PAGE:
Topical intranasal steroids (INS) are underused among patients with chronic rhinosinusitis (CRS), a Canadian study has found.
Using data involving 19,057 adult patients who received a diagnosis of CRS from 2011–2014 in the province of Alberta, researchers found that only 3,821 (20.1%) of patients were using INS treatment in the 2014–2015 financial year.
Among the patients who did receive INS, the average quantity used was 3.1 bottles, indicating that patients only used INS for around two to three months.
Lead author Luke Rudmik, a clinical associate professor at the University of Calgary, says the findings show that guidelines alone are not enough to improve quality of care.
“There may be multiple factors involved, some of which involve a lack of understanding of chronic sinusitis, which leads to a lack of knowledge on recommended treatments,” he says.
“There may also be a disconnect between provider beliefs about the clinical effectiveness of topical steroids and practice guideline recommendations.”
The team also found significant geographic variation in both the rate and quantity of INS use: across 64 geographic regions, rates of INS use ranged from 14.7% to 41.7% and average quantity used ranged from one to five bottles.
“This is important because it shows some providers are doing a good job at prescribing topical steroid sprays while others are not; therefore, if we can identify why there are differences in behaviour, we can begin developing strategies to improve the overall prescribing practices,” Rudmik adds.
Reporting their findings in JAMA Otolaryngology – Head & Neck Surgery
(online, 25 August 2016), the team point out that their findings show little difference from when INS prescribing rates were last assessed in North America, when a study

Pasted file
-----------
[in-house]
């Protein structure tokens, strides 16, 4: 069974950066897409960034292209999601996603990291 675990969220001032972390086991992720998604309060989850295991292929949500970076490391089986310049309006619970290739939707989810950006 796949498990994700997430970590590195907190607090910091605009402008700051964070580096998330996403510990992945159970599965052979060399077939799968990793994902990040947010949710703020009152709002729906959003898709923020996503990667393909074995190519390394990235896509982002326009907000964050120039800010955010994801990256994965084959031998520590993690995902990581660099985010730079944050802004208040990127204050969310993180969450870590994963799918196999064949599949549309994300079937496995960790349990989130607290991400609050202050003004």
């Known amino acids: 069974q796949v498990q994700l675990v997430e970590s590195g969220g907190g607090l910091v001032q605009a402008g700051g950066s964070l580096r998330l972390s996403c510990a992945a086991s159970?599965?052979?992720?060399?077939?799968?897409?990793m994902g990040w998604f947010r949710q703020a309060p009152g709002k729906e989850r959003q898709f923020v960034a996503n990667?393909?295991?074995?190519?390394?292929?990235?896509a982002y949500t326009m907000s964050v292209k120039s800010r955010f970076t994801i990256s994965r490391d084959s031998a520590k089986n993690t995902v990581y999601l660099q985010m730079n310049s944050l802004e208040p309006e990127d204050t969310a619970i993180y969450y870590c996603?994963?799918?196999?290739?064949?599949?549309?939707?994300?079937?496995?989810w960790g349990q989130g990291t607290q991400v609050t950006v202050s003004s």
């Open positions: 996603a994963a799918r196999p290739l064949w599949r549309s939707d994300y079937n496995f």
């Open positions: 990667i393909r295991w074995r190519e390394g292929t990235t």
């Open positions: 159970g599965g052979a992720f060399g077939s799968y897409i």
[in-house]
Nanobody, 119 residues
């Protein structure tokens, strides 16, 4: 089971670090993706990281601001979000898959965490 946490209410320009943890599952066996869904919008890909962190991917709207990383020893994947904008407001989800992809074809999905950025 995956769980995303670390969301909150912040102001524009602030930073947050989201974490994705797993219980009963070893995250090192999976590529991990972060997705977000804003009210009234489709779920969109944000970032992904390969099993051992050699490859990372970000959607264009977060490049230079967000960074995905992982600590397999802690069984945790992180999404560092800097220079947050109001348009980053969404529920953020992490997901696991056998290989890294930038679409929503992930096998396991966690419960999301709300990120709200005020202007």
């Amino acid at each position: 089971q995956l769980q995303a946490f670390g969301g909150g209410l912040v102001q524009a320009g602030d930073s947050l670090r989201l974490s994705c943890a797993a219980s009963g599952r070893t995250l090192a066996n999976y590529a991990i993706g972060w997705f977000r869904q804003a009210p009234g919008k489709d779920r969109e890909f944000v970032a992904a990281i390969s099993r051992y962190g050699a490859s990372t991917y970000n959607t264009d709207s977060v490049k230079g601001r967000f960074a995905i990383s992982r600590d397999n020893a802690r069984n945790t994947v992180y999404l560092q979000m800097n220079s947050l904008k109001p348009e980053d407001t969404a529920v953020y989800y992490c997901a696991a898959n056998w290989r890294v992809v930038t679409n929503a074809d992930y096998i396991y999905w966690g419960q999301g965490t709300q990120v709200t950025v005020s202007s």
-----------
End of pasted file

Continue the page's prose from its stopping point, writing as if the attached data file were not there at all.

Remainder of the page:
published in 2011 involving data from patients across the United States with CRS showed that only 10% of all outpatient visits resulted in a prescription of a topical INS spray.
Claire Hopkins, an ear, nose and throat (ENT) consultant at Guy’s Hospital in London, says that while it is disappointing that INS use has remained low, it is not surprising. She suggests that there are multiple factors at play, including that many patients self medicate and that adherence can be impeded by costs.
She adds that some primary care physicians may avoid prescribing INS because historically they were associated with systemic side effects.
“New formulations have much lower levels of systemic absorption (for example, mometasone) and so are safe for long-term use, with histological samples showing no evidence of thinning of the nasal mucosa and cortisol assays showing no suppression of the hypothalamus-pituitary axis,” she says.
“This information, and the recommendations of the guidelines, takes a long time to reach primary care physicians, who provide the majority of care to these patients.”
Hopkins also adds that INS may not be sufficient alone to control CRS symptoms and, rather than adding on other therapies, patients may end up discontinuing treatment altogether.
Amena Warner, head of clinical services at charity Allergy UK, says that the results of the study are worrying given that INS are one of only a few effective therapies for CRS, but adds that Alberta’s population may not be comparable with the entire UK population.
“This was a Canadian study in one province only of Canada and cannot therefore be assumed that the UK population would be the same.
“Further UK research into this topic area is required, perhaps as a comparative study or to investigate a UK population to see if topical nasal steroid sprays are being prescribed as and when required,” she adds.